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Remote Nomad: ‘Jericho’ starts strong, but stumbles through end of series

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Courtesy of CBS

There’s not a lot of summer TV that I keep up with regularly, so the break is a good chance to catch up on my backlog. Despite the amount of TV I watch, there are always many very popular, critically-acclaimed shows that manage to slip through the cracks, including “The Wire,” “Game of Thrones” and “Breaking Bad.” What caught my attention first this summer, however, was “Jericho,” a show from 2006 whose fan base did what few manage to do–get the show renewed after it was already canceled (albeit only for a very abbreviated second and final season).

 

Set in the fictional town of Jericho, Kan., the show takes place shortly after a series of nuclear explosions devastate the country. Isolated from most of civilization, the people of Jericho deal with the fallout (both literal and metaphorical) of the bombs, as one disaster after another threatens their lives. At the center of the series is the Green family, made up of Johnston, the father and mayor of the town; his wife, Gail; and their two sons, Eric and Jake, the latter of whom left Jericho years ago under tense circumstances but manages to take charge when the bombs strand him back home. They’re surrounded by a fairly believable cast of characters who either join them in taking charge or let their panic and worry take over their lives.

 

At the risk of hyperbole, I honestly think the first few episodes are just short of flawless. There’s an interesting tension at work here between the characters’ relationships and more immediate catastrophes, and the writers walk this balance with finesse rarely seen in TV writing. In some respects, it reminds me a lot of early “Lost” episodes (the only “Lost” I’ve seen)–the pressing need to survive pushes the characters forward but weaves in and out seamlessly with inter- and intrapersonal conflicts, each serving as a backdrop to the other. When handled well, it’s a compelling combination–and it’s certainly handled well here.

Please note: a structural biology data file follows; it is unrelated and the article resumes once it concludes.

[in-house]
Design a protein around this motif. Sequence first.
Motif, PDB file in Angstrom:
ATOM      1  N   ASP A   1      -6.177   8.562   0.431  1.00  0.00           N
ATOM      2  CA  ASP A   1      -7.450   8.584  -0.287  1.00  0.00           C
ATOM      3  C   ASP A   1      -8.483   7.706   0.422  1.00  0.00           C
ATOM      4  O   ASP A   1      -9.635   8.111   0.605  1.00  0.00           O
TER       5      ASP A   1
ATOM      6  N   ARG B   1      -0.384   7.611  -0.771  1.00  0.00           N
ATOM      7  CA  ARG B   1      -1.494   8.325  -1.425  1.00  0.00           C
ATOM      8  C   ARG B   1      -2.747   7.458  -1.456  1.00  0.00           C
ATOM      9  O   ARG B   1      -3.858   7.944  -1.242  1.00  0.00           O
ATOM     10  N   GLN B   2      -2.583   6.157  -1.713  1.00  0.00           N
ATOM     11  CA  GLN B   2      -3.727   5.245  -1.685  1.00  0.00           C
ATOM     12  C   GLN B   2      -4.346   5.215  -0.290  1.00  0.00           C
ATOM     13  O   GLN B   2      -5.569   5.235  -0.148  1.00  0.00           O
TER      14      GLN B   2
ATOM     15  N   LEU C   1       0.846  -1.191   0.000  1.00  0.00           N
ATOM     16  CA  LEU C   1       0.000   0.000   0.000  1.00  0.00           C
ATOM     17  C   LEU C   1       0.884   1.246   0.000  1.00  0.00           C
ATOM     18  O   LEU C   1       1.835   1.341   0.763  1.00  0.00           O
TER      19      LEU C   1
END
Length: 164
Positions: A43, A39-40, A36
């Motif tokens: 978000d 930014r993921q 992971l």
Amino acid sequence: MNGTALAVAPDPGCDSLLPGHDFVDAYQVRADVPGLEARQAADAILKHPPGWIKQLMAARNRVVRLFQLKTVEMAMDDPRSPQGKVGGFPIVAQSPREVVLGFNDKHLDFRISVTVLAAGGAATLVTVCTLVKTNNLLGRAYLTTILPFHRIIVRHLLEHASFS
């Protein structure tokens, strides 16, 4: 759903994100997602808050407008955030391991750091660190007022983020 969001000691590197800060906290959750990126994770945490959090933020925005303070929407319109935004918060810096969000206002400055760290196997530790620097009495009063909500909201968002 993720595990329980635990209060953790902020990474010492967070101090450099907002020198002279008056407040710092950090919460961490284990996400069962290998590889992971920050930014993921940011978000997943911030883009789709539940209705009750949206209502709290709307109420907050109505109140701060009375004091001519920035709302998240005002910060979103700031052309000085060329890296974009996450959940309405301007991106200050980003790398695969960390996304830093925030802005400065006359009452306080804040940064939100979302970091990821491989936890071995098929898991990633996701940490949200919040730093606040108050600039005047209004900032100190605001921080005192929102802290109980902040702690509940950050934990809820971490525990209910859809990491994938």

Courtesy of CBS

Unfortunately, as some of the more pressing ramifications of the bombs begin to settle down, that careful balance goes a little off-kilter. People begin to adapt to their new lifestyle, and their focus naturally shifts to the mystery behind the attacks themselves; however, that mystery is handled fairly clumsily. Suddenly, subtle character moments are overacted, and the drama is overwrought. The writers ramp up tension in tensionless scenes, and some revelations feel empty since we know little about the minor characters they revolve around. It’s as though the writers felt they couldn’t tell a compelling story without a catastrophe each week, so they attempted to manufacture artificial ones to fill the gaps.

 

There’s still a lot I respect about the way “Jericho” handles its characters. It relies on a lot of common tropes, but it goes out of its way to avoid some that would be too easy to fall into, like a could-be love triangle involving Jake, the main character, that’s discounted fairly quickly and believably. I just wish that the strong characterizations hinted at in those first few episodes were more consistent.

 

I’m still engrossed in the story, but I’m beginning to see those same issues that initially put me off of “Lost”–the plot moving forward at the expense of characterization and tension being artificially ramped up in an attempt to keep you glued to the TV. Grand mysteries tend to take over their shows in this manner, and I hope that as I continue to watch, the show manages to get back on track.